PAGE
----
- Lambeth closed the library on 31st March 2016, being the end of its 2015/16 financial year. The closure was ostensibly for financial reasons. The library was then re-opened ten weeks before the 2018 borough council elections in response to an ongoing campaign by library users and UNISON. There was building work to the basement and some other parts of the building but this did not start until 17 months after the closure and it continued after the library re-opened.
- The normal consultation processes were followed in connection with the application for the basement etc. Community groups and a large number of local residents responded.
- The Trust appears to be claiming that it has the prospect of becoming a community group at some unknown future date. We doubt this. Its constitution prohibits it from having voting members other than the trustees.
For the sake of completeness, we also comment on the risk of parking stress. There is so much competition from other desk space hire venues that ones at Carnegie Library are unlikely to appeal to anyone who does not live within easy walking distance.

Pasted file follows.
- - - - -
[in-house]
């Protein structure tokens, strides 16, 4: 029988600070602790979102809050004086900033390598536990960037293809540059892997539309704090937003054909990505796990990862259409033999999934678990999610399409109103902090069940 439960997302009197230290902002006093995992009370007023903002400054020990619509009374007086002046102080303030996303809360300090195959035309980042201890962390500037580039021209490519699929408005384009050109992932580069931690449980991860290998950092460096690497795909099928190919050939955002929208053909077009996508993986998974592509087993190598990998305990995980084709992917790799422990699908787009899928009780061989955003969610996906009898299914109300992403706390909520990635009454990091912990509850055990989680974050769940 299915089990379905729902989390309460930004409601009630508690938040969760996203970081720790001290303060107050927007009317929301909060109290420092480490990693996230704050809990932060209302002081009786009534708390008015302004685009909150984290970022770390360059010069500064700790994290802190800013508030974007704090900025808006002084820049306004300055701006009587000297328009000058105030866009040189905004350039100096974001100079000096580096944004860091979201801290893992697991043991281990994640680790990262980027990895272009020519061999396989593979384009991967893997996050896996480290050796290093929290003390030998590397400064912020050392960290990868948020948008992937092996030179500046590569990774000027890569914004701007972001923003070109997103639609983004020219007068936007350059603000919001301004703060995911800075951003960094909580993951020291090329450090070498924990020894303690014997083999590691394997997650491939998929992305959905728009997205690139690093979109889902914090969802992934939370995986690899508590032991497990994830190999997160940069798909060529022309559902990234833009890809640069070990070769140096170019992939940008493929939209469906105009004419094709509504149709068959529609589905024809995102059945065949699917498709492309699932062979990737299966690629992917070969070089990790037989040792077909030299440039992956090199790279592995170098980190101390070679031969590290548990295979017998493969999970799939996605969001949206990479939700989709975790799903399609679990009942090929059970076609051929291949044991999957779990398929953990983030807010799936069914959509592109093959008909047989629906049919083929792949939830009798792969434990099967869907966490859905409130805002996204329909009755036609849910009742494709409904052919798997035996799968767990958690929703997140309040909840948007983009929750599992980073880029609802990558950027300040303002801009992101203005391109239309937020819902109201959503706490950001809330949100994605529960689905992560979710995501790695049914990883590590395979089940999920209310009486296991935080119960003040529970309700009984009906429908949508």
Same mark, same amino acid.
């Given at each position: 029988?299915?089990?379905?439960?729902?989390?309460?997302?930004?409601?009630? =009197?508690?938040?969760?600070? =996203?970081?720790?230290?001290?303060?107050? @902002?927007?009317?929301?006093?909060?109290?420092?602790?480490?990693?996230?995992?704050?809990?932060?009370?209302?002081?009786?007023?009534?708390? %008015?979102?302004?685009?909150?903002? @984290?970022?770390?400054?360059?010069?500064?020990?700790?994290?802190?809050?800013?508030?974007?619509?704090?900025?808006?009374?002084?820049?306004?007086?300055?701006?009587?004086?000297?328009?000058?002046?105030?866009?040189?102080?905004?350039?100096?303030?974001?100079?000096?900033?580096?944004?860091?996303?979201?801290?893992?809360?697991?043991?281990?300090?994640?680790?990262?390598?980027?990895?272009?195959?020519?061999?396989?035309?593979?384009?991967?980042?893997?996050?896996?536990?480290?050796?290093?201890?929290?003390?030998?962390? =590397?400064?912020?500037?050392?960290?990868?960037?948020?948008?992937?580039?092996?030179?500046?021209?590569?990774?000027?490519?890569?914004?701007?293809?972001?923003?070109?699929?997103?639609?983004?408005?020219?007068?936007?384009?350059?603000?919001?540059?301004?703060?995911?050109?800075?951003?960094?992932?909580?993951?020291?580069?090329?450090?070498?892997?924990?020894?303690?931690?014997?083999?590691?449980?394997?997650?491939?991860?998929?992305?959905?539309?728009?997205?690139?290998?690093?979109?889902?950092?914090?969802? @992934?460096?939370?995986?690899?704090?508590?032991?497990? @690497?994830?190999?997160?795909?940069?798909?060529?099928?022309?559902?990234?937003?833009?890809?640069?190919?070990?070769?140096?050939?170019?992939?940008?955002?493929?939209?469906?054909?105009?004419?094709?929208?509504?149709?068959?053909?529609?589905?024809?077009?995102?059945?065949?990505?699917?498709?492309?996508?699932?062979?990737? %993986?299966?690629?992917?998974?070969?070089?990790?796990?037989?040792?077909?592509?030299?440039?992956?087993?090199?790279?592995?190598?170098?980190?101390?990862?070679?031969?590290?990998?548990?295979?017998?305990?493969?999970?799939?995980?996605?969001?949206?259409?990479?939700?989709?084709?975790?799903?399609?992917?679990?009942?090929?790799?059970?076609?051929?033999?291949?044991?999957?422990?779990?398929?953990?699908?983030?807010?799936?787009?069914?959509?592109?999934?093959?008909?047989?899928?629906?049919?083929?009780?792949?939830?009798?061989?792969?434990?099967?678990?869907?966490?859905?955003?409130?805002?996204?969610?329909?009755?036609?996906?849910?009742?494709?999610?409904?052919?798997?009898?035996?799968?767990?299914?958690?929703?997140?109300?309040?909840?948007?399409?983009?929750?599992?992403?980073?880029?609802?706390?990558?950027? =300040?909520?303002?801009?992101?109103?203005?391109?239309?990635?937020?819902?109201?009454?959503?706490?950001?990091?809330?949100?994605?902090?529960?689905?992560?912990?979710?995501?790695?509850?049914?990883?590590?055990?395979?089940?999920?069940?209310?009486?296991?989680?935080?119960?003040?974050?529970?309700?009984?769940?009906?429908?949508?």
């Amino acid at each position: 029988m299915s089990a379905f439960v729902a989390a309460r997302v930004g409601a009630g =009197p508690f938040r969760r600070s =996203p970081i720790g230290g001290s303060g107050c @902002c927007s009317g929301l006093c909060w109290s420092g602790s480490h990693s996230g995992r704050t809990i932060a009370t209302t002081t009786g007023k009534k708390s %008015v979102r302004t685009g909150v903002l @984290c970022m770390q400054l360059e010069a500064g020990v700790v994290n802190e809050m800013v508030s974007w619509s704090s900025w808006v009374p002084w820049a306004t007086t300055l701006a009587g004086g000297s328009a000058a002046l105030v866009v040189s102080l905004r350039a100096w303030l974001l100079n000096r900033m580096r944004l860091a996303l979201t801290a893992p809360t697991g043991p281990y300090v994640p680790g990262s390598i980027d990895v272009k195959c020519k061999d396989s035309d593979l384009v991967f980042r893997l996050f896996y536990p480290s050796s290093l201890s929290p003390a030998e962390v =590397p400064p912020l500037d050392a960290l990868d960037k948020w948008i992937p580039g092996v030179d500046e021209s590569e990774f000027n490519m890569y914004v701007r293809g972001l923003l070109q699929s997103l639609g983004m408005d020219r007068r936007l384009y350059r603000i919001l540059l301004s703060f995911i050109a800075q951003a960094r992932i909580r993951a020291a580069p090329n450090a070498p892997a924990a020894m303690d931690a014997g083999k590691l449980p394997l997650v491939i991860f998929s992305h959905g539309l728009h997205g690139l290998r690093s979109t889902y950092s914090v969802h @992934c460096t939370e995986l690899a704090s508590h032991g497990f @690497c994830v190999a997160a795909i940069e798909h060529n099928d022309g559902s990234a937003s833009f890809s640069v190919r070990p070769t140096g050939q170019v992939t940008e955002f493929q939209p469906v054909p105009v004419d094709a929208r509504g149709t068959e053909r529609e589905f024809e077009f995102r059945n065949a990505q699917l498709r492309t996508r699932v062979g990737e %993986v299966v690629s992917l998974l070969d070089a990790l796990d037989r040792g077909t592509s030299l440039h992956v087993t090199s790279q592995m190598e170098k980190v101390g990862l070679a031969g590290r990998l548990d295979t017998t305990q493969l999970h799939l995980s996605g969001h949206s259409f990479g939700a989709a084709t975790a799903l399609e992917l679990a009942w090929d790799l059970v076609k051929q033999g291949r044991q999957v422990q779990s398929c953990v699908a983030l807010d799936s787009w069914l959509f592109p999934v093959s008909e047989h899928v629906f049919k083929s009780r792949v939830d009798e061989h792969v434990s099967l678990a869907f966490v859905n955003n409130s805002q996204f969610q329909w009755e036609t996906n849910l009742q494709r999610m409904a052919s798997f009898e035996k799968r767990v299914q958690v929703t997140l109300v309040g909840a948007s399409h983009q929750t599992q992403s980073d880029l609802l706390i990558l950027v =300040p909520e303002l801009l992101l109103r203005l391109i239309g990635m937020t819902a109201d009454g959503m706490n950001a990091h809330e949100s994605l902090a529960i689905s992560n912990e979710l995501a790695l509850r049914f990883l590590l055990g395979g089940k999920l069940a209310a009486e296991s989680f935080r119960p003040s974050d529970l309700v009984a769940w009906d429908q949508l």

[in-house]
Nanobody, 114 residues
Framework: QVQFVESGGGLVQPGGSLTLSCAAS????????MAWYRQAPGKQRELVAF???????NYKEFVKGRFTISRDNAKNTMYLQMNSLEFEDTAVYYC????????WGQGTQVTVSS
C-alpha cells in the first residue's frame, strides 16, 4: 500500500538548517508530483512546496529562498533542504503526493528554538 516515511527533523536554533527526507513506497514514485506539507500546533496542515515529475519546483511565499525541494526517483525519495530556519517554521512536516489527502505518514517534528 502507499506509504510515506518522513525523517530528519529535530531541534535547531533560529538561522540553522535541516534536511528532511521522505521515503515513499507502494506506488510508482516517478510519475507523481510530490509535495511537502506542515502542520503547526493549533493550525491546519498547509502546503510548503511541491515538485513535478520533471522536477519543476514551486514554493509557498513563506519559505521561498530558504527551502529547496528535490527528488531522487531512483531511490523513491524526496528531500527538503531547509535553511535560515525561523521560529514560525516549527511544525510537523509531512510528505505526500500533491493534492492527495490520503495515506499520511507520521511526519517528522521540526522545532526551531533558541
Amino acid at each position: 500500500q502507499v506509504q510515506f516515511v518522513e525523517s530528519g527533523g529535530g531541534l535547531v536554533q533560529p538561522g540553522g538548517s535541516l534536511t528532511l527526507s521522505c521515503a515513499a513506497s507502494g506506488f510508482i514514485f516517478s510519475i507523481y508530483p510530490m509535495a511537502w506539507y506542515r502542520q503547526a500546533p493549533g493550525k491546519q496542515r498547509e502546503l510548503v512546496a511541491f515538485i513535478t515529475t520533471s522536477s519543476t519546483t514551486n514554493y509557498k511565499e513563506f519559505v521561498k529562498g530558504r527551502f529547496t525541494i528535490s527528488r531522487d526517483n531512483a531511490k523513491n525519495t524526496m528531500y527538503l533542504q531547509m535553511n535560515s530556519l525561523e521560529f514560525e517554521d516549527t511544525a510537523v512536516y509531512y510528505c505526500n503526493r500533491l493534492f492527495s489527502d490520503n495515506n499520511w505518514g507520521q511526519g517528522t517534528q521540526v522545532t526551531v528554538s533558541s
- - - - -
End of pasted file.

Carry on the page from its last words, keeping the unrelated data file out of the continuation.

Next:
There are rarely more than two or three people using the gym at a time and these appear to be local residents who walk to and from it. These comments on the application are submitted on behalf of the Friends of Carnegie Library by its elected chair. (Parts of both the Carnegie Library Association and Friends of Carnegie Library statements redacted for legal reasons. Words placed in bold type by News From Crystal Palace – Ed.)